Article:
test  al,ah
          jz    @hor2 {wait until horizontally retracing}
          loop  @hor1 {loop 199 more times}
      
          {set new rate}
          mov     al,modecmd
          out     CTCModeCommandReg,al
          xor     dx,dx
          mov     dl,chanport
          mov     al,lobyte
          out     dx,al
          mov     al,hibyte
          out     dx,al
          popf
        end;
      end;
      
      
      • reenigne said

        Ah, okay – I thought it must be something like that but I was confused because I didn’t know (or had forgotten) that the PCjr has a hardware vertical retrace interrupt, and couldn’t think of a machine that did and which this trick would work on. Also, I wouldn’t describe that as “implemented in software” – it’s still a hardware interrupt, it just comes from a different piece of hardware. But I’m nitpicking – I look forward to see what effects you make with this!

        • Trixter said

          Well, it’s a “video hardware vertical retrace interrupt” simulated in software, how’s that? :-)

          Unfortunately, I discovered last night that the PCjr palette register mechanism will output random garbage while the palette change is in progress, which is likely why they built a hardware vertical retrace interrupt into the system — so that you could change the entire palette without affecting the picture. So they traded one type of “CGA snow” for another…! And your tricks for getting the system into lockstep don’t work on PCjr, it has a completely different DRAM refresh mechanism that is handled by the video circuitry. Finally, I found that something — I’m not sure what yet — can actually halt the system timer for short periods of time on PCjr (likely something to do with the NMI). I had a border change built into the interrupt so I could see where it was firing, and at some point after some keyboard and joystick handling, it started firing in the middle of the screen!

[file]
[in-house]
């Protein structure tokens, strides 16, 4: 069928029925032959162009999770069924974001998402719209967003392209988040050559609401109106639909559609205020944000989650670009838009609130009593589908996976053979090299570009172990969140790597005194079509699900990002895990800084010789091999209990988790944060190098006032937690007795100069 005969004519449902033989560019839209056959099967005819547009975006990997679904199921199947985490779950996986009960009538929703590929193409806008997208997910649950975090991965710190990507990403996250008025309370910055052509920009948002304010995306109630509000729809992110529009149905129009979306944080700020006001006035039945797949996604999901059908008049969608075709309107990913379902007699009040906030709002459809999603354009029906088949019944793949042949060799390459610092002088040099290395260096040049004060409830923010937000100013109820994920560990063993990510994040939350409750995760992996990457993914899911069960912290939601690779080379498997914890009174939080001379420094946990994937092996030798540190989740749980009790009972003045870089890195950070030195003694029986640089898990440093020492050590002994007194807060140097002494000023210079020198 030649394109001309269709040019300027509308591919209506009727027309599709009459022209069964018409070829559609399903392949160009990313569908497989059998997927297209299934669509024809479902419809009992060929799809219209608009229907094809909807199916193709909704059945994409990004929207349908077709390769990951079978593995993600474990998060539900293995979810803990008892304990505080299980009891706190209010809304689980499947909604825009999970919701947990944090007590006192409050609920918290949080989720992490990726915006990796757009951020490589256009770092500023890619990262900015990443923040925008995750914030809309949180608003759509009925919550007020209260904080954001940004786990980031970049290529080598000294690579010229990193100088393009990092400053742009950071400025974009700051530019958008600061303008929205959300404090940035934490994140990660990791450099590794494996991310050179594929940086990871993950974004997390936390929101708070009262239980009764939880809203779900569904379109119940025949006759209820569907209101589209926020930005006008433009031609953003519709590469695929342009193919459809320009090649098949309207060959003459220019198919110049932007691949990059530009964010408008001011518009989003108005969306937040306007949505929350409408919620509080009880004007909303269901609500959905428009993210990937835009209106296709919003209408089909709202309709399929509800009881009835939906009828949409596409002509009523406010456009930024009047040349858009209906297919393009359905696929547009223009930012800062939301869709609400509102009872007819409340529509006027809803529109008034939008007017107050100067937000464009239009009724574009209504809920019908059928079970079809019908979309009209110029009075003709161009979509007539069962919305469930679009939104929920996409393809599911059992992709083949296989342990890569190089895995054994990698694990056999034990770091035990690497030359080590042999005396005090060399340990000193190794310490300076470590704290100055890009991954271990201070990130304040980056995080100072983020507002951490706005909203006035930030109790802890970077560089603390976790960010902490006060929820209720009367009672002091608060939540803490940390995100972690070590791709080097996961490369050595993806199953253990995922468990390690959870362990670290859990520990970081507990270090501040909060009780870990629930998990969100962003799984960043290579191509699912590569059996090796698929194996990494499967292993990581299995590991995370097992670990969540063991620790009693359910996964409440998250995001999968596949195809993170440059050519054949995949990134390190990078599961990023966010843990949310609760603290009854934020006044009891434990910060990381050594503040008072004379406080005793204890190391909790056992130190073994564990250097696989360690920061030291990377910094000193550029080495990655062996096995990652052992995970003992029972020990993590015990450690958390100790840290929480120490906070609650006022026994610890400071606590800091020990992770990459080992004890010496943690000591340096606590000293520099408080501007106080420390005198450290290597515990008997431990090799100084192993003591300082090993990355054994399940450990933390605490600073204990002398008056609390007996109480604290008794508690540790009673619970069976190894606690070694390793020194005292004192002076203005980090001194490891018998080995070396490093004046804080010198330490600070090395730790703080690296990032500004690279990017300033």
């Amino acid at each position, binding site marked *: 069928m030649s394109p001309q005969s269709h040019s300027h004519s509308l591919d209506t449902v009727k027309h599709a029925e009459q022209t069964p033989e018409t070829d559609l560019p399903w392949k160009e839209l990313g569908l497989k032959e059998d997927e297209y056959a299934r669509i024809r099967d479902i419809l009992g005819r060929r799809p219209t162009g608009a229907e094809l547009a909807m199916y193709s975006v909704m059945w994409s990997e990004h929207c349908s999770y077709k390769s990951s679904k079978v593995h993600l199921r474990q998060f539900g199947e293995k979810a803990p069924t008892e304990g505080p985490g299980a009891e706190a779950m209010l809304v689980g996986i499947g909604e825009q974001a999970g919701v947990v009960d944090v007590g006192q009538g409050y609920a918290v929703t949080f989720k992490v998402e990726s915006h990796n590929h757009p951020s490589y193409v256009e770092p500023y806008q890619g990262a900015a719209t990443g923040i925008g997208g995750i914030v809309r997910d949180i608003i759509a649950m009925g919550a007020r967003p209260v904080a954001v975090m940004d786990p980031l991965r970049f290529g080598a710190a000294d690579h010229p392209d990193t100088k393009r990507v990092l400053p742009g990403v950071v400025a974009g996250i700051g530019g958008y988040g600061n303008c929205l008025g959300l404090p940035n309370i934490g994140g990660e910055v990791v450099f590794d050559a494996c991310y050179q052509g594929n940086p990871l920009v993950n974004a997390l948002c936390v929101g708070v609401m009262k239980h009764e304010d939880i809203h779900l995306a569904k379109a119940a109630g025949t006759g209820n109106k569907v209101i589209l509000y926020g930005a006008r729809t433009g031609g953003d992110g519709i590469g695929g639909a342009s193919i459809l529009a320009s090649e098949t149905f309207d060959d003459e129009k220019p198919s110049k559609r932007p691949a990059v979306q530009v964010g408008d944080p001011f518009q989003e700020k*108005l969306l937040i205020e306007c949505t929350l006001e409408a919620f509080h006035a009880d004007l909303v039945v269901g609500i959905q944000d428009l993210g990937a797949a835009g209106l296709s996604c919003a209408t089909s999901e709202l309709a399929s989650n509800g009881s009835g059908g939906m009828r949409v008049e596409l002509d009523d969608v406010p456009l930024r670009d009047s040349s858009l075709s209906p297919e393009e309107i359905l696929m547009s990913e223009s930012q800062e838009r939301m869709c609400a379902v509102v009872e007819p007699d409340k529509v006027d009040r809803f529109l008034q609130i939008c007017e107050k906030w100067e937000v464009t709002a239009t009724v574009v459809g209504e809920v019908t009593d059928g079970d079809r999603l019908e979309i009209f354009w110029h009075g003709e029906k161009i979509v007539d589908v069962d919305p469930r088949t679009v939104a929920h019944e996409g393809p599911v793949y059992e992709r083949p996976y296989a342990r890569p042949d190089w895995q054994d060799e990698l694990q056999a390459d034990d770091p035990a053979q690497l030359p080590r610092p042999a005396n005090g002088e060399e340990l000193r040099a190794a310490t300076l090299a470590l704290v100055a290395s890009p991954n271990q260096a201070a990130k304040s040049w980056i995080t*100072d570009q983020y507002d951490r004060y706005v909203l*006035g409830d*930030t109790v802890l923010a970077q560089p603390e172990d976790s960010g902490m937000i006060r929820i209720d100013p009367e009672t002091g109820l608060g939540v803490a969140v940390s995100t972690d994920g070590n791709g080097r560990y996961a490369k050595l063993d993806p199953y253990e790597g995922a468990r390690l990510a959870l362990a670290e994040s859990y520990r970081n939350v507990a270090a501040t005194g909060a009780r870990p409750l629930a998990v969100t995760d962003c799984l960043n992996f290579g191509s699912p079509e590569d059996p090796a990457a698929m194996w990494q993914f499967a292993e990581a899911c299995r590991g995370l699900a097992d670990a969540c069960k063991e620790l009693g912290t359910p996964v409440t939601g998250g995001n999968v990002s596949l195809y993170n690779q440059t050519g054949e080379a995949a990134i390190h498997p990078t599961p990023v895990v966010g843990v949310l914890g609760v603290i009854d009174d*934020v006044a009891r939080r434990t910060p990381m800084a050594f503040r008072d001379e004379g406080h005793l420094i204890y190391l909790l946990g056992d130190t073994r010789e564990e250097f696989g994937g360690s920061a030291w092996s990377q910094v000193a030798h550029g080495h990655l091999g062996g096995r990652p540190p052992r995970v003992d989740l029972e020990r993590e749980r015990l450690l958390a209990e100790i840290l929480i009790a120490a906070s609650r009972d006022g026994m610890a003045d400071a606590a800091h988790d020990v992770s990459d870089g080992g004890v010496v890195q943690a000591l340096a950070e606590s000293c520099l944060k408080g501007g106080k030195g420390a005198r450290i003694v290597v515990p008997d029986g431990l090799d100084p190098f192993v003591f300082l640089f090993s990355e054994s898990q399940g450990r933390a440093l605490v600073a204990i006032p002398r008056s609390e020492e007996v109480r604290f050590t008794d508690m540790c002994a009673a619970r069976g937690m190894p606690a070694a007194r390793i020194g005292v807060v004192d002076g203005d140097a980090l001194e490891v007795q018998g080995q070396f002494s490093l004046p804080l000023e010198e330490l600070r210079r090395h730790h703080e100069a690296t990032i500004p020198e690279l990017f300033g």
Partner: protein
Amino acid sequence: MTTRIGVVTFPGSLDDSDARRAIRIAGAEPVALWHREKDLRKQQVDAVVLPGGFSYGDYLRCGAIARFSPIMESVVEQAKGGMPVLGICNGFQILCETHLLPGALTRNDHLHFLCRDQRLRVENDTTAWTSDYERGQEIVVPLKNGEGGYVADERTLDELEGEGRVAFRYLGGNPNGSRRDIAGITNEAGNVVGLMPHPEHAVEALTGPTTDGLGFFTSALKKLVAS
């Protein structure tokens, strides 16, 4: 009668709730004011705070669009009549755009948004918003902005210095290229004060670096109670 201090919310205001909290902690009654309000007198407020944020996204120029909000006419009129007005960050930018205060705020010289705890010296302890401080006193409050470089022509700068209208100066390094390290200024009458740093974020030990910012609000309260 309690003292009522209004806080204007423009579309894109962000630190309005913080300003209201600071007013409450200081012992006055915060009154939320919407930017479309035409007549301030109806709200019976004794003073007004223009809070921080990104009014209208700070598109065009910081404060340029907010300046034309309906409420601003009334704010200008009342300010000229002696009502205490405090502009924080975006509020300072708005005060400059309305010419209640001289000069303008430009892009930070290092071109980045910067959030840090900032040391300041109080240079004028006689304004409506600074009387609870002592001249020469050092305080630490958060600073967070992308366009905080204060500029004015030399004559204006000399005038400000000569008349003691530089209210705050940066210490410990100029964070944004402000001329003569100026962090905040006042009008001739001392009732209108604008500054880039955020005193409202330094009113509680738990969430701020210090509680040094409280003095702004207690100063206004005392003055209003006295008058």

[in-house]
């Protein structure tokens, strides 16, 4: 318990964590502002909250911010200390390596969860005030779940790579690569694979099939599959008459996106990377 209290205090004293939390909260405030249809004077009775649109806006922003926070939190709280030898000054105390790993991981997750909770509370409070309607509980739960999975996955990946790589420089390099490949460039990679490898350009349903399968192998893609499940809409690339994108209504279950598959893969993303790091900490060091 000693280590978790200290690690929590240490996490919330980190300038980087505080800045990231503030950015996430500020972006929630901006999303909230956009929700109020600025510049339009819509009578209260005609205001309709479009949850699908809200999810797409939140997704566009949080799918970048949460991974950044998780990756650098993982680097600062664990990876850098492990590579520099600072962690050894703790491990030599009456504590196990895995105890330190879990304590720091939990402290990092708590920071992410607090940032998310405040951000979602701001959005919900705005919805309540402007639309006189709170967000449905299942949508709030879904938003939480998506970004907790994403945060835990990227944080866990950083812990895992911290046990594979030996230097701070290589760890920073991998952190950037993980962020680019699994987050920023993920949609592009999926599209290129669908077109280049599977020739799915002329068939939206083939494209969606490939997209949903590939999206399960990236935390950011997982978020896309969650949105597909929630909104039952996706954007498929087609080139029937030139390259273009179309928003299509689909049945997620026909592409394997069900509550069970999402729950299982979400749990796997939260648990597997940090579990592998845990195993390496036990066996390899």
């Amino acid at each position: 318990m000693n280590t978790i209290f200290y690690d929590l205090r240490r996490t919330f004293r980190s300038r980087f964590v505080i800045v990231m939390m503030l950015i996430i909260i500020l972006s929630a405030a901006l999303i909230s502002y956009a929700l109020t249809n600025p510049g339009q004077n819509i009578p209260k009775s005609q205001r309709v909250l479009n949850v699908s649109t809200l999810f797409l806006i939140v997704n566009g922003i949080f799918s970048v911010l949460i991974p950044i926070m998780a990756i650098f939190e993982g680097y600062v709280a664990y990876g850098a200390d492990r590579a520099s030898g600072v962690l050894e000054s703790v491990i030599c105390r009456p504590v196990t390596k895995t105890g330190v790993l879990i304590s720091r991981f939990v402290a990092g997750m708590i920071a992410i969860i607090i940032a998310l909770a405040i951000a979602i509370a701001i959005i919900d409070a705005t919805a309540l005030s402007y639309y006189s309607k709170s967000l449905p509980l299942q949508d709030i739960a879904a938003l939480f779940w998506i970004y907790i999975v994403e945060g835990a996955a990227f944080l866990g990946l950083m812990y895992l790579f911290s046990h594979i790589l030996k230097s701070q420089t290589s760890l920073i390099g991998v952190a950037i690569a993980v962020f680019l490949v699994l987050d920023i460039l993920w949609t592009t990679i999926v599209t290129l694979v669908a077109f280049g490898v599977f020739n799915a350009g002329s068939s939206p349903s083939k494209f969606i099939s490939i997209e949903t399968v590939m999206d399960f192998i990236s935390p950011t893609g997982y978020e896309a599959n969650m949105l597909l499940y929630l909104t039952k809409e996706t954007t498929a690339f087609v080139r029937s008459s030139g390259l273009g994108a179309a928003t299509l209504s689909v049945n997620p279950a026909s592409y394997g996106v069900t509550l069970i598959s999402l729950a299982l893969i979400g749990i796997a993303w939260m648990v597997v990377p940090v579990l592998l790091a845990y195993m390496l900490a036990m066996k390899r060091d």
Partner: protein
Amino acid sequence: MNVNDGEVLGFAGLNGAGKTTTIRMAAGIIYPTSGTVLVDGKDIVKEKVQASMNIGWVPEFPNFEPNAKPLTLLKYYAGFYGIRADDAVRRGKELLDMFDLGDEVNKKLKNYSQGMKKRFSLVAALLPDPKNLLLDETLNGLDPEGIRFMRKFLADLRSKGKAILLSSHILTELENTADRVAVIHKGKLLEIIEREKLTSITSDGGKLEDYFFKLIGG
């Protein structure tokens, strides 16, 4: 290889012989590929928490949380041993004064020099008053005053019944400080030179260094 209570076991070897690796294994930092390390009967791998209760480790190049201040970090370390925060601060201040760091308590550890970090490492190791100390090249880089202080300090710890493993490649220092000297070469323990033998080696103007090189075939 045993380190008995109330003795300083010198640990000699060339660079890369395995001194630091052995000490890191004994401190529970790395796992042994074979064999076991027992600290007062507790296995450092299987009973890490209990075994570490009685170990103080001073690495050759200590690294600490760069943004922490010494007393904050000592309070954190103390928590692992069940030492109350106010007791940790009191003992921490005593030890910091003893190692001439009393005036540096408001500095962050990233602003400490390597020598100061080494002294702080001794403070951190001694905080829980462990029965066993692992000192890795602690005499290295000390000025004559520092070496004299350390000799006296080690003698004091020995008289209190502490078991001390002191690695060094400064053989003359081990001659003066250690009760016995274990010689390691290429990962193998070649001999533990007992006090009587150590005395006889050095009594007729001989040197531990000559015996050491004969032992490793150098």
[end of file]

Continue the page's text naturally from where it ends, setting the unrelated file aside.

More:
In other words, I’m not sure what kinds of raster effects are possible with these glitches, but I’ll experiment.

          The PCjr is likely easier to get into lockstep *because* it doesn’t have DMA — everything is handled by the CPU. But I’m going to go back to PC+CGA programming before I try to get that deep into PCjr.

          • reenigne said

            Ah, that snow is annoying. I guess lockstep is the way to go for that then. Hope the PCjr’s wait states are as cooperative as the CGA’s were.

            The apparent system timer halt is very strange – I just looked at the schematic and the system timer clock depends only on signals which are coming straight from the 8284, so NMI shouldn’t be able to affect it. Are you by any chance doing 2 interrupts per frame (9956 count) and getting a skipped interrupt due to running with interrupts off for ~8ms? Otherwise it sounds like a faulty 8253, which is sometimes going into the wrong phase. If you’re using mode 3, it might work better in mode 2.

            • Trixter said

              I’m definitely able to reproduce it now, and it’s always by pressing a key, and the PCjr doesn’t have a keyboard controller (CPU does everything) so I think your theory has merit. I will also try to reproduce it in mode 2 (I am indeed setting it to mode 3).

  2. Peter Lund said

    You don’t need a vertical retrace interrupt for this trick. You can poll the status register and synch “manually” at first and then use a timer value that is a little to short so you start your interrupt handler with a little loop to wait for the actual blanking interval start.

    • Trixter said

      That’s exactly how I coded the software vertical retrace interrupt in IntroJR (I wanted a little extra raster time; the hardware VINT, while a cool addition on that platform, fires only at the start of vertical retrace)